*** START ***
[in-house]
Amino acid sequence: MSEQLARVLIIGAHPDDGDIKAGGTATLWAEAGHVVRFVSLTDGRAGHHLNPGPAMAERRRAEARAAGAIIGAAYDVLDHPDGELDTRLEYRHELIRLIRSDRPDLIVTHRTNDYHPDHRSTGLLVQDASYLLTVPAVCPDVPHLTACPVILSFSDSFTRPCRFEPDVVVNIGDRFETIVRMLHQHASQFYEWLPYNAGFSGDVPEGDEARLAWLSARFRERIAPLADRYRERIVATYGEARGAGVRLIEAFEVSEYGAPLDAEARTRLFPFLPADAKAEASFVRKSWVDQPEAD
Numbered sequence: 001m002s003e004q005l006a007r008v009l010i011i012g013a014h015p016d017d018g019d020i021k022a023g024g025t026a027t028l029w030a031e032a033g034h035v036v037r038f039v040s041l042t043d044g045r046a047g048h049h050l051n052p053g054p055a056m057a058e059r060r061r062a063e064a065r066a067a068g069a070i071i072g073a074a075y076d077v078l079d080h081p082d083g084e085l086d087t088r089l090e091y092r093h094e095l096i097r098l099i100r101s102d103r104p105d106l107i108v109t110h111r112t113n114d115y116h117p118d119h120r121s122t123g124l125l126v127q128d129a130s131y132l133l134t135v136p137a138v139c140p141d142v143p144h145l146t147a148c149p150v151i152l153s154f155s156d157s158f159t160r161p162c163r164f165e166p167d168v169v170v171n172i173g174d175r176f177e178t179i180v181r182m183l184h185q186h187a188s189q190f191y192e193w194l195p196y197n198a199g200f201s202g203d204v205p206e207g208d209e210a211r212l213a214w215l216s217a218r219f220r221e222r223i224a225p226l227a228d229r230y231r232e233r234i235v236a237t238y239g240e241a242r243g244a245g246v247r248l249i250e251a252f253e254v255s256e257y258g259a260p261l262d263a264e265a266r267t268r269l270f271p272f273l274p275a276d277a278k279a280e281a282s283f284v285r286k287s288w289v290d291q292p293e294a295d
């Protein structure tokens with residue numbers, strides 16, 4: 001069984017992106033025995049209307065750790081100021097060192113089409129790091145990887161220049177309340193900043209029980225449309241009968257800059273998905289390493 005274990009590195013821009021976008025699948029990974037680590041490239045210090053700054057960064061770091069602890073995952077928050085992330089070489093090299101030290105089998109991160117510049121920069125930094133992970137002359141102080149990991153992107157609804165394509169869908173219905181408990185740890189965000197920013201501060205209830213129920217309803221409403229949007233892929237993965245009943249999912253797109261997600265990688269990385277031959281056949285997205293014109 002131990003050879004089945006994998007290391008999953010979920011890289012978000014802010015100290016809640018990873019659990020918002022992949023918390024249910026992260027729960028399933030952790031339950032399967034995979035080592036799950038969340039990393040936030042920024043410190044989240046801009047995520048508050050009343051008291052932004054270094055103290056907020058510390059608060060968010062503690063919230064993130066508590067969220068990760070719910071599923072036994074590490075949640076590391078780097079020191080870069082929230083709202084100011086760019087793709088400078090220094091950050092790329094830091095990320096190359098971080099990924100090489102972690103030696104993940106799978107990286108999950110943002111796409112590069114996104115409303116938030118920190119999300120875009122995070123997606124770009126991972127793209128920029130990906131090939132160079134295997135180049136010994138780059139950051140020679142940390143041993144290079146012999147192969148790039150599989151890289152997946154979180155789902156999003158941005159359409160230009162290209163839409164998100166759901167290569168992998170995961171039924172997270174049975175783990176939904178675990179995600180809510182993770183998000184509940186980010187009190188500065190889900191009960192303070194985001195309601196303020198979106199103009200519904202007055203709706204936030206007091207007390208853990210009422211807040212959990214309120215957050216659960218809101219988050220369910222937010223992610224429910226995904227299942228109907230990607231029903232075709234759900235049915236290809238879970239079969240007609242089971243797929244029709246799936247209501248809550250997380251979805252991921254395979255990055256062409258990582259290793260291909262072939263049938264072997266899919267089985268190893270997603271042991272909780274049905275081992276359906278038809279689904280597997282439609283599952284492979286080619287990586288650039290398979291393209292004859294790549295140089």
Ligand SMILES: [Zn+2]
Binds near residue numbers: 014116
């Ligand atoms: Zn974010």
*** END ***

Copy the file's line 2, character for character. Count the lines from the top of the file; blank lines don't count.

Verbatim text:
Amino acid sequence: MSEQLARVLIIGAHPDDGDIKAGGTATLWAEAGHVVRFVSLTDGRAGHHLNPGPAMAERRRAEARAAGAIIGAAYDVLDHPDGELDTRLEYRHELIRLIRSDRPDLIVTHRTNDYHPDHRSTGLLVQDASYLLTVPAVCPDVPHLTACPVILSFSDSFTRPCRFEPDVVVNIGDRFETIVRMLHQHASQFYEWLPYNAGFSGDVPEGDEARLAWLSARFRERIAPLADRYRERIVATYGEARGAGVRLIEAFEVSEYGAPLDAEARTRLFPFLPADAKAEASFVRKSWVDQPEAD